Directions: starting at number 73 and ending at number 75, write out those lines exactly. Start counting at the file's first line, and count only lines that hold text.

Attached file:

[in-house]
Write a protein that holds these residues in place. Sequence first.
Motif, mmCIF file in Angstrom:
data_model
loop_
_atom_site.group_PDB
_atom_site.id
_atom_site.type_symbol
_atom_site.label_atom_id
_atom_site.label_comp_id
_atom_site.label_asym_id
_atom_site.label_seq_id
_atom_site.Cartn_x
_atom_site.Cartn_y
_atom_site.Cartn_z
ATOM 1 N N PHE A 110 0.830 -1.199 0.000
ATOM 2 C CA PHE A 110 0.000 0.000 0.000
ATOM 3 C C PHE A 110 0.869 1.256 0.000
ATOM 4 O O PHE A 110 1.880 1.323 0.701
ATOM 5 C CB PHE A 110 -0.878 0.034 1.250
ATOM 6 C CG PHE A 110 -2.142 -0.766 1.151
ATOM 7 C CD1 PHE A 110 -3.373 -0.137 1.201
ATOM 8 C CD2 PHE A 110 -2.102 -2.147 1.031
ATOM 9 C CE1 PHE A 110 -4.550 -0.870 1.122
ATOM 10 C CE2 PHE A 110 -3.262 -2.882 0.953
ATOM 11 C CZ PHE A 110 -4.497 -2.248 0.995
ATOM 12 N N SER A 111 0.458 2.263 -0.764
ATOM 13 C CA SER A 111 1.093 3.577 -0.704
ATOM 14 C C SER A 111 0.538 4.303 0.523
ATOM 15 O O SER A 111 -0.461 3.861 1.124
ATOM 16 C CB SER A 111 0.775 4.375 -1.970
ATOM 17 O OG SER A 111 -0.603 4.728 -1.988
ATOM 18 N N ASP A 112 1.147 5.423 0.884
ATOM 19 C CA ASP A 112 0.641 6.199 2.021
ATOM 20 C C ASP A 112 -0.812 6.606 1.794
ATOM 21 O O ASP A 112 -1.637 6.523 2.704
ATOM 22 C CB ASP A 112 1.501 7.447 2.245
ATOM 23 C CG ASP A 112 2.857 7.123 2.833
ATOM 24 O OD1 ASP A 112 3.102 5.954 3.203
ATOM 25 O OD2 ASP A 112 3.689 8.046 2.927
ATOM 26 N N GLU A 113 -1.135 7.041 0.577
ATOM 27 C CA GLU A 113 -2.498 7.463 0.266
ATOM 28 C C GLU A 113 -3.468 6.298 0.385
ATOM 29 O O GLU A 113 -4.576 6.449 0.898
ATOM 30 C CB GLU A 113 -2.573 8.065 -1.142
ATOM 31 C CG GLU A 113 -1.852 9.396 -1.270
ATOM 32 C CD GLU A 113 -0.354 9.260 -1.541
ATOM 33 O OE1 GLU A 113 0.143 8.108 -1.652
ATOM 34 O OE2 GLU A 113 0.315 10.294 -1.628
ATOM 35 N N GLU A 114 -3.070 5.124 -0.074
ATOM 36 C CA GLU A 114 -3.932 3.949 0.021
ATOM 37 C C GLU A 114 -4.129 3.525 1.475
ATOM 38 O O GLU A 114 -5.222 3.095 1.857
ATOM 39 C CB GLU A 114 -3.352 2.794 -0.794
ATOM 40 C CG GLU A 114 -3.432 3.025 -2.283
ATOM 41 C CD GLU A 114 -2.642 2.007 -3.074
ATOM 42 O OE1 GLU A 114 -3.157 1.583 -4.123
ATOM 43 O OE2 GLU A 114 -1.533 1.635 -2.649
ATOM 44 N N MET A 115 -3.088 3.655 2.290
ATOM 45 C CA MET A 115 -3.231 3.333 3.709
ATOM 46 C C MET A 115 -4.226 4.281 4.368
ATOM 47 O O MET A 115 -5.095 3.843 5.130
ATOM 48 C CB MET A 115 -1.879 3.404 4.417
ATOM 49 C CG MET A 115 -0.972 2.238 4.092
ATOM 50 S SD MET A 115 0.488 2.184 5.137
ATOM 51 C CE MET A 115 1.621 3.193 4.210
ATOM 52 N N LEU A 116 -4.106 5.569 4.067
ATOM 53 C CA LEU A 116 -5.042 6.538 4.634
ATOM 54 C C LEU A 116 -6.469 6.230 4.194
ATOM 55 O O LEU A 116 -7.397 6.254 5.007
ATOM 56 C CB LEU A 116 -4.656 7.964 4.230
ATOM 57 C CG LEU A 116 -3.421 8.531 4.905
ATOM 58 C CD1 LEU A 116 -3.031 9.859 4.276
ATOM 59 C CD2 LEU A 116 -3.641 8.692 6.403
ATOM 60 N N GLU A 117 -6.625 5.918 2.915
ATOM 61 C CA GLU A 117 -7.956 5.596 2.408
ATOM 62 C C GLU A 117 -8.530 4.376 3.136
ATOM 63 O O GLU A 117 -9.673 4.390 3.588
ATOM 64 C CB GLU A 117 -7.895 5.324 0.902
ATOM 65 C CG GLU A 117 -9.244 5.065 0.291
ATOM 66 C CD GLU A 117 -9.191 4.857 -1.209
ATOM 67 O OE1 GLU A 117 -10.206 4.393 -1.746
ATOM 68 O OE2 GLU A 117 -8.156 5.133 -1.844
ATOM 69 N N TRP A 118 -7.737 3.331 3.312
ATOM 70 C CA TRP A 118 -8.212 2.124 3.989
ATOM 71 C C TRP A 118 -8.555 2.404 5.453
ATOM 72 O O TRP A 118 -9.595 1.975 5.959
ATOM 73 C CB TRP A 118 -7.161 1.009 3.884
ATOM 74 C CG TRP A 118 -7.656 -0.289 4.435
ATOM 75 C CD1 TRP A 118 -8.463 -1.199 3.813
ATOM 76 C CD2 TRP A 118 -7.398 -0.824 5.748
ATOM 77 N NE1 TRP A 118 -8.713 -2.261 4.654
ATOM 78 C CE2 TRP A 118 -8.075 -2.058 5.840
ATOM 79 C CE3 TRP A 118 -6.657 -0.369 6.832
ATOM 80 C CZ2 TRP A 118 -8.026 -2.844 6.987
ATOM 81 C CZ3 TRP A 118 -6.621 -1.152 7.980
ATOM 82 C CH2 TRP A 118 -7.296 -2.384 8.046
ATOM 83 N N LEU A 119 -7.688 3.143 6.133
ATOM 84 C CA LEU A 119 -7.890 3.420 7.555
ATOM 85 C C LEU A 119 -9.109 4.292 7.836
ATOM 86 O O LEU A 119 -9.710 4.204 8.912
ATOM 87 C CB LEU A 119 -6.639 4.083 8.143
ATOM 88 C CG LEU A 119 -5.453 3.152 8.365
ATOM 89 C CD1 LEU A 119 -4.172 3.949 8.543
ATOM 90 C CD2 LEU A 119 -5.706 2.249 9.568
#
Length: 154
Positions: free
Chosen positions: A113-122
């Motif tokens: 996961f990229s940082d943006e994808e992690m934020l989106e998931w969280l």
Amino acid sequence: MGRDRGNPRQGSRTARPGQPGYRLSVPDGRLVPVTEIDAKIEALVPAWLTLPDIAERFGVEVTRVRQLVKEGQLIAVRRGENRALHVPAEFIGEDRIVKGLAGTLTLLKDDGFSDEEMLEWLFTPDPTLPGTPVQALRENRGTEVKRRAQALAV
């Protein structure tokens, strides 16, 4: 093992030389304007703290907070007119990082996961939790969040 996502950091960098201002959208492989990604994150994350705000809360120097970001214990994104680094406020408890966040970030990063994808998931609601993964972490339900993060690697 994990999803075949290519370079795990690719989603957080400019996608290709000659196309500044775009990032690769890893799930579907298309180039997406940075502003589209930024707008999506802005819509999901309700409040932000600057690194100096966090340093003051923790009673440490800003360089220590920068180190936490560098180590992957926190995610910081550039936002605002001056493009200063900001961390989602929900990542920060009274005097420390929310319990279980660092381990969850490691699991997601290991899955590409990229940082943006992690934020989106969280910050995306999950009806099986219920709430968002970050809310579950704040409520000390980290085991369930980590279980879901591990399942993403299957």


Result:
ATOM 58 C CD1 LEU A 116 -3.031 9.859 4.276
ATOM 59 C CD2 LEU A 116 -3.641 8.692 6.403
ATOM 60 N N GLU A 117 -6.625 5.918 2.915